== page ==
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19. A method for supplying modulated radio frequency communication signals to the wiring of a customer's premises from an electrical power line which is coupled to the wiring through a transformer for providing electrical energy to the premises, the method comprising:
converting the communication signals to electromagnetic signals bearing the modulation with a converter coupled to the power line and a base unit; and
receiving the converted communication signals at the base unit space from the converter and converting the received signals to radio frequency communication signals and supplying the converted received signals to the wiring.
20. A method as set forth in
supplying modulated radio frequency communication signals supplied to the wiring at the premises to the base unit;
at the base unit, converting the signals received from the wiring to modulated electromagnetic energy and transmitting the converted signals to a receiver at the converter;
at the converter, converting the signals received from the base unit to modulated radio frequency communication signals and supplying converted base unit received signals to the power line.
 Benefit of provisional application Serial No. 60/313,051, filed Aug. 17, 2001 and in the name of the inventors named herein is claimed and is incorporated herein by reference.
 The present invention relates to power line communication (PLC) systems for residential, business or other environments to support communications between in-home electronic devices and communications with external destinations (e.g., broadband access to the Internet) and, particularly, to the coupling of communication signals between an electrical power distribution line and equipment for processing the signals in homes or business establishments.
 Power line communication (PLC) systems are well known in the art. See, for example, the book entitled “The Essential Guide to Home Networking Technologies” published in 2001 by Prentice-Hall, Inc., copending U.S. application Ser. No. 09/290,255, filed Apr. 12, 1999, the web site http:/www.homeplug.org of the Home Plug Special Interest Group and the article entitled “Home Plug Standard Brings Networking to the Home” in the December 2000 issue, Vol. 16, No. 12, of the Communication Systems Design magazine.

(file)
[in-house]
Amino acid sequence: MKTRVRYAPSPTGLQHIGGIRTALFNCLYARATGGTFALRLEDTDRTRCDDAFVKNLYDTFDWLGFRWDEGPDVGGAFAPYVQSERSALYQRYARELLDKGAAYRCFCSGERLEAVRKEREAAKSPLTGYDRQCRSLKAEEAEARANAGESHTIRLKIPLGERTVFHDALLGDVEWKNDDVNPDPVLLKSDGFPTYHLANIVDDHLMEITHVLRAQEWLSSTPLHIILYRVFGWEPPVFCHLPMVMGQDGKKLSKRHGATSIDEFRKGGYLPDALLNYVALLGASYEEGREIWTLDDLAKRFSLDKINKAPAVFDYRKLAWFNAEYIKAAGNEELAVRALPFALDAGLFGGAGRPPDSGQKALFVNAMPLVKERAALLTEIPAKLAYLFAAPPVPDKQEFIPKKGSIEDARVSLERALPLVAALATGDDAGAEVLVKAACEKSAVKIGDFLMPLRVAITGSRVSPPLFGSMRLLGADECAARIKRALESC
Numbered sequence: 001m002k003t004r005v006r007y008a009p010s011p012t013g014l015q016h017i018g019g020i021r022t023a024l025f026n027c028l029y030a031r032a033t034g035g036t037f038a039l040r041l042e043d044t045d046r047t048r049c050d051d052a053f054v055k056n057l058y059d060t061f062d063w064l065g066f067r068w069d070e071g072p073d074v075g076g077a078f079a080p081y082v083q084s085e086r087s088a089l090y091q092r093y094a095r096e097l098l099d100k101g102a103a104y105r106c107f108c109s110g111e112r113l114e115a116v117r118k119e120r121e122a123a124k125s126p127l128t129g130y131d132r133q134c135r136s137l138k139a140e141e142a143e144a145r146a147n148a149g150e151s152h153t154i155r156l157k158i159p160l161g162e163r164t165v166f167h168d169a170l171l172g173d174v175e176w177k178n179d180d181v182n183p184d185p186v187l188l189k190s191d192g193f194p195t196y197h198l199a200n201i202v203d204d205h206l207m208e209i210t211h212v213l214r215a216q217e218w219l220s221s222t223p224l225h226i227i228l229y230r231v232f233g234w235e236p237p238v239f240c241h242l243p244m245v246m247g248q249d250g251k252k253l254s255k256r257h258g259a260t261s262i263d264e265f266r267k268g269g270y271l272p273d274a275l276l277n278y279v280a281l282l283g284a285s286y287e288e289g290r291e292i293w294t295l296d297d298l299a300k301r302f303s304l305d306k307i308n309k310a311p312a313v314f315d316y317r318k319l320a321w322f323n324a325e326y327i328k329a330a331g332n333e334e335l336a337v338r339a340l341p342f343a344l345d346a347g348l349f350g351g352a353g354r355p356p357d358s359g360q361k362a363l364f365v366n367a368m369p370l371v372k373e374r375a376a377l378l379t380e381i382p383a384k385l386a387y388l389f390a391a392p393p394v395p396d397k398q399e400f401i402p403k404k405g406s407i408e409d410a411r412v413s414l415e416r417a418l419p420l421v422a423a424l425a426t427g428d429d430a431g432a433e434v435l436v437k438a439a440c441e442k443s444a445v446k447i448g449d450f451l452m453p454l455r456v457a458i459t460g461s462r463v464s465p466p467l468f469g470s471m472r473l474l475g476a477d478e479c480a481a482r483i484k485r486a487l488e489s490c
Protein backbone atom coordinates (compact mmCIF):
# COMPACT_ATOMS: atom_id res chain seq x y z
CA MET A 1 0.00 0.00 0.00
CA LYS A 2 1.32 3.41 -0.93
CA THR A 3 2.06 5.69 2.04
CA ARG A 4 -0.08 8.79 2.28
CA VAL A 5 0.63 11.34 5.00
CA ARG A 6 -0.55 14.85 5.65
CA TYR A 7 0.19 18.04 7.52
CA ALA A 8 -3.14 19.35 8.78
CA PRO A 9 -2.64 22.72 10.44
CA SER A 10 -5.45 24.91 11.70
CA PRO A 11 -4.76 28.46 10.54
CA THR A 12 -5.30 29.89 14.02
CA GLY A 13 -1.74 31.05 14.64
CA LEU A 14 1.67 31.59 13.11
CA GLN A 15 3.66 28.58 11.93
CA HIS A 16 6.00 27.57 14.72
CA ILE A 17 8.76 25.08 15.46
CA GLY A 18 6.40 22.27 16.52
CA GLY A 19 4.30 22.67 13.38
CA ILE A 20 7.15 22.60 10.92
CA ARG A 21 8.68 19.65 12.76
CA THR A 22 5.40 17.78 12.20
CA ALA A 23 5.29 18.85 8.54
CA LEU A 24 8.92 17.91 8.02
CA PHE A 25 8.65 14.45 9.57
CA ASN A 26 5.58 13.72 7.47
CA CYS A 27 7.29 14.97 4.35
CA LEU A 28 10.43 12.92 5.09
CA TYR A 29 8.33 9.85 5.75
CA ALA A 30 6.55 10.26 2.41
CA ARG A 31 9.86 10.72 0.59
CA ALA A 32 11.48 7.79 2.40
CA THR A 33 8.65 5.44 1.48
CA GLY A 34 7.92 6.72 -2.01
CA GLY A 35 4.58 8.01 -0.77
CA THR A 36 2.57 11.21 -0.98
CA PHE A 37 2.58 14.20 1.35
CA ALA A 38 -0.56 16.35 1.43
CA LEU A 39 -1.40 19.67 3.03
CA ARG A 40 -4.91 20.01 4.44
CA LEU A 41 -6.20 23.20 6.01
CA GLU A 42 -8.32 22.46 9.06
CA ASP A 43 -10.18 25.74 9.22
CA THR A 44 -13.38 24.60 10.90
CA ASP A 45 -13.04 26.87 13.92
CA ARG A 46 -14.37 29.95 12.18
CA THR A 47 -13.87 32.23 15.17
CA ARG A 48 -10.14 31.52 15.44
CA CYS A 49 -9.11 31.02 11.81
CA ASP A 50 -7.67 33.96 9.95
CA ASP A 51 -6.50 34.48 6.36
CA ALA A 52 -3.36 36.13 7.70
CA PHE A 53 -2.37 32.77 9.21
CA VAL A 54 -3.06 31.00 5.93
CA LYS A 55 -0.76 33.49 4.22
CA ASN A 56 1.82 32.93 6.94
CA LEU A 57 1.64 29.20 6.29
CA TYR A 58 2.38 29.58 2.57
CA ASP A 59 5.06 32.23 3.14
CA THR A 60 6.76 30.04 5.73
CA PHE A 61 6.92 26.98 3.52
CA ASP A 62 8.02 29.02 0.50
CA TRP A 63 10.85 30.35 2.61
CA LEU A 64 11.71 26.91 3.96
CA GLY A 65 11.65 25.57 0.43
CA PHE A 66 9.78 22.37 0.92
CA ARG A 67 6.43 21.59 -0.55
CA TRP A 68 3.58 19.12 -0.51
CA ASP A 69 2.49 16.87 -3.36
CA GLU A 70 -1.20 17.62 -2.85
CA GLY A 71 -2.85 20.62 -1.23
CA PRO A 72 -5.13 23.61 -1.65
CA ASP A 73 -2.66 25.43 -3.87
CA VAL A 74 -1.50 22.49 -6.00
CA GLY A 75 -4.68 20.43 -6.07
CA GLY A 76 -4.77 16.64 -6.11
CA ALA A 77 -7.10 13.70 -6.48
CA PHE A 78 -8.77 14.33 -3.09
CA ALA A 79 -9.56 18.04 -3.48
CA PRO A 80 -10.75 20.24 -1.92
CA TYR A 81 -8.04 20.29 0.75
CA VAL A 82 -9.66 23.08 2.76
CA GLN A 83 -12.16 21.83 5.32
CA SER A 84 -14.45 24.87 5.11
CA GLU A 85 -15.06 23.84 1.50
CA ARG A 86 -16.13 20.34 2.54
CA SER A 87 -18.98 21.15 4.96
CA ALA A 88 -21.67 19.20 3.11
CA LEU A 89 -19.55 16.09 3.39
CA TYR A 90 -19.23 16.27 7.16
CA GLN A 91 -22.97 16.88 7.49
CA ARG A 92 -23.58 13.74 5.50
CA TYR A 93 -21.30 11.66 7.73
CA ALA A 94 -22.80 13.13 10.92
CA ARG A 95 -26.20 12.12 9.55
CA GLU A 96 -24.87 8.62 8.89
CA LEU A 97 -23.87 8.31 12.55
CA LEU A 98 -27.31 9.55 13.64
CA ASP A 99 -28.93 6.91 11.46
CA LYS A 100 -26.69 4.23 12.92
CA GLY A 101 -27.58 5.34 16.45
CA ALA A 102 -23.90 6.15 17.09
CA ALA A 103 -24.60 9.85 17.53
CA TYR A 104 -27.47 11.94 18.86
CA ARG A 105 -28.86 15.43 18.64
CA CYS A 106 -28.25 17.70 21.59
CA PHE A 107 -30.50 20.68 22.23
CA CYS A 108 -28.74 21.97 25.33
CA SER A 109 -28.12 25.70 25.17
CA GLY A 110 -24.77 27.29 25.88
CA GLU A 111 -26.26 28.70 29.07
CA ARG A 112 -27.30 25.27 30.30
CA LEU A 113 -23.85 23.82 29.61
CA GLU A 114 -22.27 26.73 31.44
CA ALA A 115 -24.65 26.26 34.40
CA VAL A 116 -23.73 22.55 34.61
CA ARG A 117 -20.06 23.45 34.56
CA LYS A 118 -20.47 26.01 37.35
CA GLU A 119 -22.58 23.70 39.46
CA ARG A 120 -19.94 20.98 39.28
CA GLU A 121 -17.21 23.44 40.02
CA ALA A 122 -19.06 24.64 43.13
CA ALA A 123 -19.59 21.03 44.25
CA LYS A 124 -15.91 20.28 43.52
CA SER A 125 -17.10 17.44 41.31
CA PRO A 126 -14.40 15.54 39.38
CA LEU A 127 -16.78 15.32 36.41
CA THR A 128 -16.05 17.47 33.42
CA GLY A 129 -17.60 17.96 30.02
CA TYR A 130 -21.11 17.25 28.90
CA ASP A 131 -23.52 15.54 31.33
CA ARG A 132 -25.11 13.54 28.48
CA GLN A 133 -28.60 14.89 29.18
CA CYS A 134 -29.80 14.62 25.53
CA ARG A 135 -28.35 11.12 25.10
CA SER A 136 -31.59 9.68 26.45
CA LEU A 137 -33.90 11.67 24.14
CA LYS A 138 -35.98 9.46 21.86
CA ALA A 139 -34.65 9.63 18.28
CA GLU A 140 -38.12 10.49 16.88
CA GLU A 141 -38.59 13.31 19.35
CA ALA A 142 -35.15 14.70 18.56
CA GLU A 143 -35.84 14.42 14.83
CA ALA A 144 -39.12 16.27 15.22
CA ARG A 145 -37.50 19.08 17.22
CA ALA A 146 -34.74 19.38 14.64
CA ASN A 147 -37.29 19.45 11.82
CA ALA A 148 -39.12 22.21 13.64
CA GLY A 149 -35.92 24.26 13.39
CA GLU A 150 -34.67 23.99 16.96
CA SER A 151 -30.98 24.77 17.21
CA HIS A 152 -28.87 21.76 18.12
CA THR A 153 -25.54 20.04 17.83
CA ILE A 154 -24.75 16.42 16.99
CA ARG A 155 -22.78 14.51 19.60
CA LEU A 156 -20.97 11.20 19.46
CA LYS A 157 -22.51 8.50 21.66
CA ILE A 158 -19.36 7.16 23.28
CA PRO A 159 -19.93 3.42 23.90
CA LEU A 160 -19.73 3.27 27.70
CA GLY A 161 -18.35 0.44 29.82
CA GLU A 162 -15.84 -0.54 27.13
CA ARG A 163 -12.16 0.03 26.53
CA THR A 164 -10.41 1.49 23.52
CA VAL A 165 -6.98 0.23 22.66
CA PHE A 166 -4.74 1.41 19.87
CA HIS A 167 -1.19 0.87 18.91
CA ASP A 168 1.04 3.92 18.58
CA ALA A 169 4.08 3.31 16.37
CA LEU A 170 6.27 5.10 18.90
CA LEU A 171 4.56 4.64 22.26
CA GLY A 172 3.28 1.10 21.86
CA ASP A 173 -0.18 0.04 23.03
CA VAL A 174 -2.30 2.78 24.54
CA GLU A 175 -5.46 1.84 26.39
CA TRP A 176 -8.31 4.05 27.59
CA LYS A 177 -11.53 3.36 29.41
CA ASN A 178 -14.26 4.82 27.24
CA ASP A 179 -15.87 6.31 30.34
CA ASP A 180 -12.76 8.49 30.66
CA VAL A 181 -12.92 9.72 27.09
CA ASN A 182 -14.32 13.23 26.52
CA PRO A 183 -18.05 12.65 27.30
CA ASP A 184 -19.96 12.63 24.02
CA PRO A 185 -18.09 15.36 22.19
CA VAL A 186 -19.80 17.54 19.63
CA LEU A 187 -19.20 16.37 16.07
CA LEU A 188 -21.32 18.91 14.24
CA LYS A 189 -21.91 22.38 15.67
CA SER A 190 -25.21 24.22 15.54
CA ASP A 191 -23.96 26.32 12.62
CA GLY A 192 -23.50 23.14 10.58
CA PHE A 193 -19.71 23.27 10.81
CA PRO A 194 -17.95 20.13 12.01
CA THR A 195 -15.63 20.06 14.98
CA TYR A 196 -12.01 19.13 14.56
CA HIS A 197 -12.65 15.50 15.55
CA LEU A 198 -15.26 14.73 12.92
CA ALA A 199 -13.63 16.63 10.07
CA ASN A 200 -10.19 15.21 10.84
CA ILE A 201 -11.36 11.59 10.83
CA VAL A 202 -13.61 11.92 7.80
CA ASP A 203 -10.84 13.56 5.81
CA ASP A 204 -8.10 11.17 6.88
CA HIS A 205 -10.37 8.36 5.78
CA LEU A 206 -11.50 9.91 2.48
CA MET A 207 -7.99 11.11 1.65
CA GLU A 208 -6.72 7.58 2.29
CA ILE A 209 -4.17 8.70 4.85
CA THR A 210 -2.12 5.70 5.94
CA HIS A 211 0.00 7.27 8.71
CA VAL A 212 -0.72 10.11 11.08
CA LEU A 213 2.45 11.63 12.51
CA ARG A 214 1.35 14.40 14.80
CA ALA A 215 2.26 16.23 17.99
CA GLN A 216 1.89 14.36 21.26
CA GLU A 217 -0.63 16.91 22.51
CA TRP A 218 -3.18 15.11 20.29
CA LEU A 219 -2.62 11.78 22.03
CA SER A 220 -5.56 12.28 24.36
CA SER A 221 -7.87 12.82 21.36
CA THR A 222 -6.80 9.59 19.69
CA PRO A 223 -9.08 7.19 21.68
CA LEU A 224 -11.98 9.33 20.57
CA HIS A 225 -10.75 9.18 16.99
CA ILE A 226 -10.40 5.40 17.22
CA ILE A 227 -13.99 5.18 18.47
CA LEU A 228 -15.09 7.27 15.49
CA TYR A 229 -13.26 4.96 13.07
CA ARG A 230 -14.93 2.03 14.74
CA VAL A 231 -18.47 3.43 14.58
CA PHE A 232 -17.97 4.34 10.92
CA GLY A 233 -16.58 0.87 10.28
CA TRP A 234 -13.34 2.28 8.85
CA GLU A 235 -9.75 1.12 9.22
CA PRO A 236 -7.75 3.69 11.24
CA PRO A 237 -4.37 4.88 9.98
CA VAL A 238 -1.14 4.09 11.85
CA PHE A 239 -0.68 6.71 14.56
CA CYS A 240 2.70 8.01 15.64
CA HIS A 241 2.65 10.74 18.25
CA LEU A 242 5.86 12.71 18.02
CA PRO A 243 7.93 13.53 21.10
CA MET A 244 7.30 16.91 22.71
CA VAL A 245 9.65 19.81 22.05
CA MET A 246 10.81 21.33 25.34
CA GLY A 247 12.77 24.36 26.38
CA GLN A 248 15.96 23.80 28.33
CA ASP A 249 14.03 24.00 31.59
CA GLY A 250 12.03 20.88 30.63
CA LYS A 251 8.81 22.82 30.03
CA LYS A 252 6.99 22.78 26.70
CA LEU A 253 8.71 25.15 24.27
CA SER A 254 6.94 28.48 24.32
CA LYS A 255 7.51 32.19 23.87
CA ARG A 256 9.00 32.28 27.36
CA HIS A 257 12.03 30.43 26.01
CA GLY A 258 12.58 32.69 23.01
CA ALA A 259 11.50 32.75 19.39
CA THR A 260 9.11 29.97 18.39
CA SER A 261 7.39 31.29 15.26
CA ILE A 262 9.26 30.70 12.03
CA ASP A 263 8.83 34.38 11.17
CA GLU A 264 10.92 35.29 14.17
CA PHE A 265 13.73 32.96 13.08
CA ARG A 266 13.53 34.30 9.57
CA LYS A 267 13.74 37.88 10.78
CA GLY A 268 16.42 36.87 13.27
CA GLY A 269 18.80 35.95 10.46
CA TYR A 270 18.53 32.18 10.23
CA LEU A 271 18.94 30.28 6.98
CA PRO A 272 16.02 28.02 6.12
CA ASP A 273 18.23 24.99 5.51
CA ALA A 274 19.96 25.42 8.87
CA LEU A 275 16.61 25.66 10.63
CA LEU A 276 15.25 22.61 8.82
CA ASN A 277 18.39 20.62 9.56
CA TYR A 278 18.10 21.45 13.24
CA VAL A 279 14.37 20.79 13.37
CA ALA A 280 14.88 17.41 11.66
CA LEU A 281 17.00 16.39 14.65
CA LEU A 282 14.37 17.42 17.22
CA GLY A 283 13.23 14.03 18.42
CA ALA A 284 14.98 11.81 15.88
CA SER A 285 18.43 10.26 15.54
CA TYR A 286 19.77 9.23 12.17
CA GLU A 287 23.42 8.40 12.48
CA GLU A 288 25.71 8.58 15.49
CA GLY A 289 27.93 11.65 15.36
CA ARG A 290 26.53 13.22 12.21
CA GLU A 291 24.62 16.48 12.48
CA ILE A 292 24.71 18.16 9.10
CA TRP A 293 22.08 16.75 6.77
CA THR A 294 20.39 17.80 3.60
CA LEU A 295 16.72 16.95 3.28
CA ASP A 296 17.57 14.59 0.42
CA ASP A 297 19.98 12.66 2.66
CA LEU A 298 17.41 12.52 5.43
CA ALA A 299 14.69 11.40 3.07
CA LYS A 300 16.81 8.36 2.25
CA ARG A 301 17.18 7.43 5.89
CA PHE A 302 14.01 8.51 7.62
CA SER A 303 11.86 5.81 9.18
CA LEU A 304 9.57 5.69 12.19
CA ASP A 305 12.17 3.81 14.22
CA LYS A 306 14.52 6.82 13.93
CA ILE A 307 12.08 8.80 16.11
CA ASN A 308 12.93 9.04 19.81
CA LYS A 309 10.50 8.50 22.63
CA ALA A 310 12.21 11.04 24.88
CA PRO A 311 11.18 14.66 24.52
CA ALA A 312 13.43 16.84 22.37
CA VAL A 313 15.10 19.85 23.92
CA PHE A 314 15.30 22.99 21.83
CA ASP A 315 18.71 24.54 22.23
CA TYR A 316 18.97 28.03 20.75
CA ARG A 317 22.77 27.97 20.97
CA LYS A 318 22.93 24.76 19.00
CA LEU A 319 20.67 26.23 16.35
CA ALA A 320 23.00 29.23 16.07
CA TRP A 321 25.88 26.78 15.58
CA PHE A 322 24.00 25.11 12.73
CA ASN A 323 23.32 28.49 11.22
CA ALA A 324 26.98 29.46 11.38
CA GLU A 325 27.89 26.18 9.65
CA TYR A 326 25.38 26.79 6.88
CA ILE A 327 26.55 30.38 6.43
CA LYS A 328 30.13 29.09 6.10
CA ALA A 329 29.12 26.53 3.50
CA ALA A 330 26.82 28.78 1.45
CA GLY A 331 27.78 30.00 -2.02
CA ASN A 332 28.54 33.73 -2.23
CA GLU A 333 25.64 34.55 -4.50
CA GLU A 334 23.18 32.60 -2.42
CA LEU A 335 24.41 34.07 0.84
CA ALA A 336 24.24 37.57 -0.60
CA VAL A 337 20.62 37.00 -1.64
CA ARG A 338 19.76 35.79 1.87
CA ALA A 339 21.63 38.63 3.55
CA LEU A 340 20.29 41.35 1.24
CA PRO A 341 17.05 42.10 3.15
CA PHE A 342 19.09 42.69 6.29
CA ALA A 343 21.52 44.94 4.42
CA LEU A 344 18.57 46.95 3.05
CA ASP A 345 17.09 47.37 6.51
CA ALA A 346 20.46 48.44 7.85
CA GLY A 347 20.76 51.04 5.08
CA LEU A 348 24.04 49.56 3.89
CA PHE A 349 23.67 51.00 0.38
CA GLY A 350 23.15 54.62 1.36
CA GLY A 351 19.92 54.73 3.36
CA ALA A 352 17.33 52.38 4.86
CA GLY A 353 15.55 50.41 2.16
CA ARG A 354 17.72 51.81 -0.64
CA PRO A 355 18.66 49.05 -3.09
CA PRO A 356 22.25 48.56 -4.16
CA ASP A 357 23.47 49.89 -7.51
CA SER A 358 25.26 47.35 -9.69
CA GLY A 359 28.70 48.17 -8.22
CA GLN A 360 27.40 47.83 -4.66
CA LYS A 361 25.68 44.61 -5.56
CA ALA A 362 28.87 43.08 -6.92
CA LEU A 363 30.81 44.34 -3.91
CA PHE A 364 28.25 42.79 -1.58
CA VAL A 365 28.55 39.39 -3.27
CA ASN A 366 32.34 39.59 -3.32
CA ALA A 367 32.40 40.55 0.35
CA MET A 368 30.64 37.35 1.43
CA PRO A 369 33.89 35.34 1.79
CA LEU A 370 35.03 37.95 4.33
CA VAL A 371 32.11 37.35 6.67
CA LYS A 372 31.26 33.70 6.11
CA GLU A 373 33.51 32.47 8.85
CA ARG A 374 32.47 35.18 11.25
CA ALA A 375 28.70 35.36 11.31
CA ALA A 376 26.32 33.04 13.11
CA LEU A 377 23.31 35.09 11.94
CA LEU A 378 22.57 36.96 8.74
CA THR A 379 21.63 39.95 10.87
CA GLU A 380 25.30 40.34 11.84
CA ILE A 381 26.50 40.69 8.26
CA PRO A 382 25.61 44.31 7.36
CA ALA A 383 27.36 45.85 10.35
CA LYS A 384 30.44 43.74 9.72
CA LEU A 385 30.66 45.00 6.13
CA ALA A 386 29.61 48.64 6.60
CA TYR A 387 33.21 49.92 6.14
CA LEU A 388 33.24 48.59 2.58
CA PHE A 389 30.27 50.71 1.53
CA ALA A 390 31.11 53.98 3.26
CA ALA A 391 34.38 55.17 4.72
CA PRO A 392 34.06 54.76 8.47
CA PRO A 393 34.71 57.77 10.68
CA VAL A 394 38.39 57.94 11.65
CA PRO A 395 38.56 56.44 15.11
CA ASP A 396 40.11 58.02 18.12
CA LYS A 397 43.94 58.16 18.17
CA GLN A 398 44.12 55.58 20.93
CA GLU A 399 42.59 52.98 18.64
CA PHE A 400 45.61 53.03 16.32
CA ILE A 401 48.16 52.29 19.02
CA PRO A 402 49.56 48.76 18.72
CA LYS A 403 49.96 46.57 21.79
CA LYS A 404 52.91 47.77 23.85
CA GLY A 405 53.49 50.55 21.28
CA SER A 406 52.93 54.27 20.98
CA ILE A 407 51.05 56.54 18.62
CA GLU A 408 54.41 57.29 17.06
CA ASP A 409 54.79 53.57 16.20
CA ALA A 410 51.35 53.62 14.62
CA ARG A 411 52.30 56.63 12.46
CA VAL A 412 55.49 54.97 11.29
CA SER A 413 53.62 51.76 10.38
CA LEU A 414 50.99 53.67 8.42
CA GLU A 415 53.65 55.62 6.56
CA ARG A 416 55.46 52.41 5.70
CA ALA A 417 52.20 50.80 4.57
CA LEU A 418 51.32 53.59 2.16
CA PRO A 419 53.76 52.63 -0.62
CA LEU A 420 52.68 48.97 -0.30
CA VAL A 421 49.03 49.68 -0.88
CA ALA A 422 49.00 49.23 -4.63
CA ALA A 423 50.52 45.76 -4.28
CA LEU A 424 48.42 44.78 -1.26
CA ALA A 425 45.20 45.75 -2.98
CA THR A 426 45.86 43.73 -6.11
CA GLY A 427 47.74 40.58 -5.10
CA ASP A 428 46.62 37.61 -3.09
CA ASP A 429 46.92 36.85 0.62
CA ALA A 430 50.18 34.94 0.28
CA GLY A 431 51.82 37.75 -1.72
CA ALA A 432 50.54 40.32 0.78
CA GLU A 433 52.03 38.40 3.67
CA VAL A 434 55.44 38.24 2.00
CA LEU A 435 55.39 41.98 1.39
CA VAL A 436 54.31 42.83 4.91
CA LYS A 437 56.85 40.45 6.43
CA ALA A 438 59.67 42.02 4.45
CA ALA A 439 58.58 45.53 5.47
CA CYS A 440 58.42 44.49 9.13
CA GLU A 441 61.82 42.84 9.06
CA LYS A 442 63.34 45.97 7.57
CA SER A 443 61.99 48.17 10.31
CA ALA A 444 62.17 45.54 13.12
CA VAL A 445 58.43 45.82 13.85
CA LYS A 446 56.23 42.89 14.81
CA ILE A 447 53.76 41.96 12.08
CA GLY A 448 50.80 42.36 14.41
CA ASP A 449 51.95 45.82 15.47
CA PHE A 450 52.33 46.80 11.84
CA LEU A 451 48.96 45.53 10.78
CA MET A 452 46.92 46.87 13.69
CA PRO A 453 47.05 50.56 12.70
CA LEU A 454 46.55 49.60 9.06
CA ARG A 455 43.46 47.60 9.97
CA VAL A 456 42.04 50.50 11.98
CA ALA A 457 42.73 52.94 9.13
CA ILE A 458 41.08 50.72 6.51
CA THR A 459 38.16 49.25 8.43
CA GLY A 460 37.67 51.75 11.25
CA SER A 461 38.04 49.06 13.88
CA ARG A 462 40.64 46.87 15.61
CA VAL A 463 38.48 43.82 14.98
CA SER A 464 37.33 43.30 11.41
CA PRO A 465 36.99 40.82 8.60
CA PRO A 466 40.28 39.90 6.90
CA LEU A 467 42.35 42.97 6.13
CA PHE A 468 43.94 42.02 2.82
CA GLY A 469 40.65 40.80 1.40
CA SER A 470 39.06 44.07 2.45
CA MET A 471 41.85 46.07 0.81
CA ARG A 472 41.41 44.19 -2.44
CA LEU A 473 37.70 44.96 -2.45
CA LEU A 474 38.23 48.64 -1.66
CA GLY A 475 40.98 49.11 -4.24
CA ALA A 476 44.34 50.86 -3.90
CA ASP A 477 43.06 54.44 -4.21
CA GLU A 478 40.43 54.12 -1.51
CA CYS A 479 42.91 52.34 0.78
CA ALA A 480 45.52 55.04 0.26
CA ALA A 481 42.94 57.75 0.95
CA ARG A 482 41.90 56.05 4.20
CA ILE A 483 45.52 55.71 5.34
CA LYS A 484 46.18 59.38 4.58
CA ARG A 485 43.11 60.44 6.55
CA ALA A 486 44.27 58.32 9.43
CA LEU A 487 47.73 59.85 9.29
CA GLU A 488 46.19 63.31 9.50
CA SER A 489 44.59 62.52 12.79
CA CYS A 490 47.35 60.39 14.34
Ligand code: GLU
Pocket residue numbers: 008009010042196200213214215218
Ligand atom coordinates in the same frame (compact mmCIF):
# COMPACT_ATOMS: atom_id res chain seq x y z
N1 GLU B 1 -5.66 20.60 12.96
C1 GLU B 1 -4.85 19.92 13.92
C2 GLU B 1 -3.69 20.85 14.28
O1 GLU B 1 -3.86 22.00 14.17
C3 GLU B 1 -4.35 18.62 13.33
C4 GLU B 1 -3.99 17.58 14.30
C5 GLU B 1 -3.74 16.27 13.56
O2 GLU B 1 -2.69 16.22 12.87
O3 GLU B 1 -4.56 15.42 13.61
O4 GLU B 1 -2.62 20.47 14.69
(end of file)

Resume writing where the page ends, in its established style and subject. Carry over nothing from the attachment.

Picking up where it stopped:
Power line communications for access is a powerful technology that offers the consumer many real advantages over other forms (e.g., DSL, cable modems, etc.). These advantages include: power distribution networks to all homes and businesses are already in place, and PLC technology has been demonstrated to work at high data rates, as well as many other advantages. One of the problems solved by this invention is making the communications connection in a low cost manner between the power line distribution cables or wires, such as the pole-mounted cables or wires (any segment of the power line distribution network applies here including, but not limited to the LV (low voltage) and MV (medium voltage) networks and the home or business offices. Connecting to the power distribution network can be difficult and expensive requiring turning off network power during installation.
 Power line communication systems of the type to which the invention relates apply modulated radio frequency carriers, e.g. carriers having frequencies in the range from about 2-9 MHz for access and from about 5 MHz to 20 MHz, for in home communications to power lines.
 Electrical power distribution systems, commonly used in the United States, distribute the electrical power at 60 Hz from the source over cables, insulated or uninsulated. At the source, the voltage is high, e.g., over 200,000 volts and by means of transformers, the voltage is reduced by a transformer or transformers to a medium voltage, e.g., of the order of 20,000 volts, to be delivered to consumers by at least three cables or wires suspended from poles. At some of the poles, there are transformers which further reduce the voltage to low voltage of the order of 117 volts between a cable and a ground or neutral cable for the delivery of power to one or more customers or consumers. The power lines from the output of a pole transformer to the customers premises connect to a power consumption meter which in turn connects to the wiring in the customer's premises (e.g., home power wiring).